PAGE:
The materials science of protein aggregation

D. L. Cox, H. Lashuel, K. Y.C. Lee, R. R.R. Singh

Research output: Contribution to journalReview article

17 Citations (Scopus)


Numerous human diseases are associated with conformational change and aggregation of proteins, including Alzheimer's, Parkinson's, prion diseases (such as mad cow disease), familial amyotrophic lateral sclerosis (ALS, or Lou Gehrig's disease), Huntington's, and type II (mature onset) diabetes. In many cases, it has been demonstrated that conformational change and aggregation can occur outside living cells and complex biochemical networks. Hence, approaches from materials and physical science have enhanced our understanding of the role of protein aggregation in these diseases at the molecular and nanoscale levels. In this article, we will review what is known about these protein structures from the perspective of materials science, focusing on the details of emergent oligomeric and nanotube-like structures, their interactions with model lipid bilayers, how the structures relate to observed biological phenomena, and how protein aggregation and amyloid formation can be employed for the good in biology and materials science.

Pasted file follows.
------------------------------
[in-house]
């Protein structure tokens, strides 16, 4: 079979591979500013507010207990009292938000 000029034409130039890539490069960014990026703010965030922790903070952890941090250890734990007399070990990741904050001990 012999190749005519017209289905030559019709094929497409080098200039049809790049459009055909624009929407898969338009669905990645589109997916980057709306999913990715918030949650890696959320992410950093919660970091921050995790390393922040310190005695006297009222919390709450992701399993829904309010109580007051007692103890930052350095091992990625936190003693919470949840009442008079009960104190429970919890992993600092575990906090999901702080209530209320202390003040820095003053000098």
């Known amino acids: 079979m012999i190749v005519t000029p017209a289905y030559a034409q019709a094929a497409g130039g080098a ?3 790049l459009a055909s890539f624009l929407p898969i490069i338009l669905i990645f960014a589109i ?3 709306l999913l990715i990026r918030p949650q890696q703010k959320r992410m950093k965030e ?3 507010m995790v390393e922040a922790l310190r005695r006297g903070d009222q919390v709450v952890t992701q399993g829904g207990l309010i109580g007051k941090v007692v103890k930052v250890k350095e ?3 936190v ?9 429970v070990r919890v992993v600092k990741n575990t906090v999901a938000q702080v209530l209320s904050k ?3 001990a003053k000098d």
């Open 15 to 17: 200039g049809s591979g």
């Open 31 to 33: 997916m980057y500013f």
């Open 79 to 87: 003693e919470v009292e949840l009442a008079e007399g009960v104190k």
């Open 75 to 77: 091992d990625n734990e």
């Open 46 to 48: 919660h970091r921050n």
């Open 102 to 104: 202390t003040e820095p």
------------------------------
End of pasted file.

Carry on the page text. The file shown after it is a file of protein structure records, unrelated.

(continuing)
Original languageEnglish
Pages (from-to)452-457
Number of pages6
JournalMRS Bulletin
Issue number6
Publication statusPublished - Jun 2005



  • Amyloid diseases
  • Complex adaptive matter
  • Emergent behavior
  • Nanotubes
  • Nanowires
  • Prion diseases
  • Protein aggregation
  • Protofibrils

ASJC Scopus subject areas

  • Materials Science(all)
  • Condensed Matter Physics
  • Physical and Theoretical Chemistry

Cite this

Cox, D. L., Lashuel, H., Lee, K. Y. C., & Singh, R. R. R. (2005). The materials science of protein aggregation. MRS Bulletin, 30(6), 452-457.